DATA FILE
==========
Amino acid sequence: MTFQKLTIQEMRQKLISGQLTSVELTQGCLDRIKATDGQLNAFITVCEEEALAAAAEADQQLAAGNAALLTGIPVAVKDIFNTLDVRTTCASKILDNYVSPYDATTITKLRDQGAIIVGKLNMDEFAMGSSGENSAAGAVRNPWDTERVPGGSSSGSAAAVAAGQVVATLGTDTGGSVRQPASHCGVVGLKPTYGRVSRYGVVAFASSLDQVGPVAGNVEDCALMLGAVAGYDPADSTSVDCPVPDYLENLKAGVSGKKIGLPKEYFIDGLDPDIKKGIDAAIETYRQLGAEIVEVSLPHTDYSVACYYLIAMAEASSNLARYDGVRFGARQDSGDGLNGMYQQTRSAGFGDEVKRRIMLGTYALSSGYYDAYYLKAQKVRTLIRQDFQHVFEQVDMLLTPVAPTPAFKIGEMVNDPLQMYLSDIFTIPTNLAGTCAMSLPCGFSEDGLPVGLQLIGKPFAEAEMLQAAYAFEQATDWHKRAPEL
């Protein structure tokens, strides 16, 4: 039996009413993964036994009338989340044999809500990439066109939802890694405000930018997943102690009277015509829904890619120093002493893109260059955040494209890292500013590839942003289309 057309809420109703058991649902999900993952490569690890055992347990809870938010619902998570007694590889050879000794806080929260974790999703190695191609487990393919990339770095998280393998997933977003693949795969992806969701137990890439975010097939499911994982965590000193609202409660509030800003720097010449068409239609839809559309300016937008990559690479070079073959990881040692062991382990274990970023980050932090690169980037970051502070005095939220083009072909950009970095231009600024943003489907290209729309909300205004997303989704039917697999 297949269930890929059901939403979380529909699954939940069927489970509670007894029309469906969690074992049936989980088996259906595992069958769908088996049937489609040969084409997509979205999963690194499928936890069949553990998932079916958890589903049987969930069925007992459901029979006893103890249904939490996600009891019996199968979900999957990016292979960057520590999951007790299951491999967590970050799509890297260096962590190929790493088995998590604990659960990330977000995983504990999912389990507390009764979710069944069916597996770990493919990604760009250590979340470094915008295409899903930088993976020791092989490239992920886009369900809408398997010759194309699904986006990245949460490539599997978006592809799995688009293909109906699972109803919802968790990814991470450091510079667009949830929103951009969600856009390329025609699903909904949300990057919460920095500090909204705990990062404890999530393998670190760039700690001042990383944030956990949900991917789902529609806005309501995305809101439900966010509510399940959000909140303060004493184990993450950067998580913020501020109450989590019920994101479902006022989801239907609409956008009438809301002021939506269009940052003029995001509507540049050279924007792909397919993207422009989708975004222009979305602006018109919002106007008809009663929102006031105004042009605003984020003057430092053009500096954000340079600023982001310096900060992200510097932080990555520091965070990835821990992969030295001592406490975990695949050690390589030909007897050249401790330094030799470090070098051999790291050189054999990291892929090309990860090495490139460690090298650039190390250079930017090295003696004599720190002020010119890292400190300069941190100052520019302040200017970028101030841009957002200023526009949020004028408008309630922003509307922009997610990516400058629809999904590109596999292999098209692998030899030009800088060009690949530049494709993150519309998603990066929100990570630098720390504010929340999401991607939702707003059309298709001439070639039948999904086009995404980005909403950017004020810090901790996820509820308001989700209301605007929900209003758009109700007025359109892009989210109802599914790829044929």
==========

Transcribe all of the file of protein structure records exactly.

Amino acid sequence: MTFQKLTIQEMRQKLISGQLTSVELTQGCLDRIKATDGQLNAFITVCEEEALAAAAEADQQLAAGNAALLTGIPVAVKDIFNTLDVRTTCASKILDNYVSPYDATTITKLRDQGAIIVGKLNMDEFAMGSSGENSAAGAVRNPWDTERVPGGSSSGSAAAVAAGQVVATLGTDTGGSVRQPASHCGVVGLKPTYGRVSRYGVVAFASSLDQVGPVAGNVEDCALMLGAVAGYDPADSTSVDCPVPDYLENLKAGVSGKKIGLPKEYFIDGLDPDIKKGIDAAIETYRQLGAEIVEVSLPHTDYSVACYYLIAMAEASSNLARYDGVRFGARQDSGDGLNGMYQQTRSAGFGDEVKRRIMLGTYALSSGYYDAYYLKAQKVRTLIRQDFQHVFEQVDMLLTPVAPTPAFKIGEMVNDPLQMYLSDIFTIPTNLAGTCAMSLPCGFSEDGLPVGLQLIGKPFAEAEMLQAAYAFEQATDWHKRAPEL
């Protein structure tokens, strides 16, 4: 039996009413993964036994009338989340044999809500990439066109939802890694405000930018997943102690009277015509829904890619120093002493893109260059955040494209890292500013590839942003289309 057309809420109703058991649902999900993952490569690890055992347990809870938010619902998570007694590889050879000794806080929260974790999703190695191609487990393919990339770095998280393998997933977003693949795969992806969701137990890439975010097939499911994982965590000193609202409660509030800003720097010449068409239609839809559309300016937008990559690479070079073959990881040692062991382990274990970023980050932090690169980037970051502070005095939220083009072909950009970095231009600024943003489907290209729309909300205004997303989704039917697999 297949269930890929059901939403979380529909699954939940069927489970509670007894029309469906969690074992049936989980088996259906595992069958769908088996049937489609040969084409997509979205999963690194499928936890069949553990998932079916958890589903049987969930069925007992459901029979006893103890249904939490996600009891019996199968979900999957990016292979960057520590999951007790299951491999967590970050799509890297260096962590190929790493088995998590604990659960990330977000995983504990999912389990507390009764979710069944069916597996770990493919990604760009250590979340470094915008295409899903930088993976020791092989490239992920886009369900809408398997010759194309699904986006990245949460490539599997978006592809799995688009293909109906699972109803919802968790990814991470450091510079667009949830929103951009969600856009390329025609699903909904949300990057919460920095500090909204705990990062404890999530393998670190760039700690001042990383944030956990949900991917789902529609806005309501995305809101439900966010509510399940959000909140303060004493184990993450950067998580913020501020109450989590019920994101479902006022989801239907609409956008009438809301002021939506269009940052003029995001509507540049050279924007792909397919993207422009989708975004222009979305602006018109919002106007008809009663929102006031105004042009605003984020003057430092053009500096954000340079600023982001310096900060992200510097932080990555520091965070990835821990992969030295001592406490975990695949050690390589030909007897050249401790330094030799470090070098051999790291050189054999990291892929090309990860090495490139460690090298650039190390250079930017090295003696004599720190002020010119890292400190300069941190100052520019302040200017970028101030841009957002200023526009949020004028408008309630922003509307922009997610990516400058629809999904590109596999292999098209692998030899030009800088060009690949530049494709993150519309998603990066929100990570630098720390504010929340999401991607939702707003059309298709001439070639039948999904086009995404980005909403950017004020810090901790996820509820308001989700209301605007929900209003758009109700007025359109892009989210109802599914790829044929």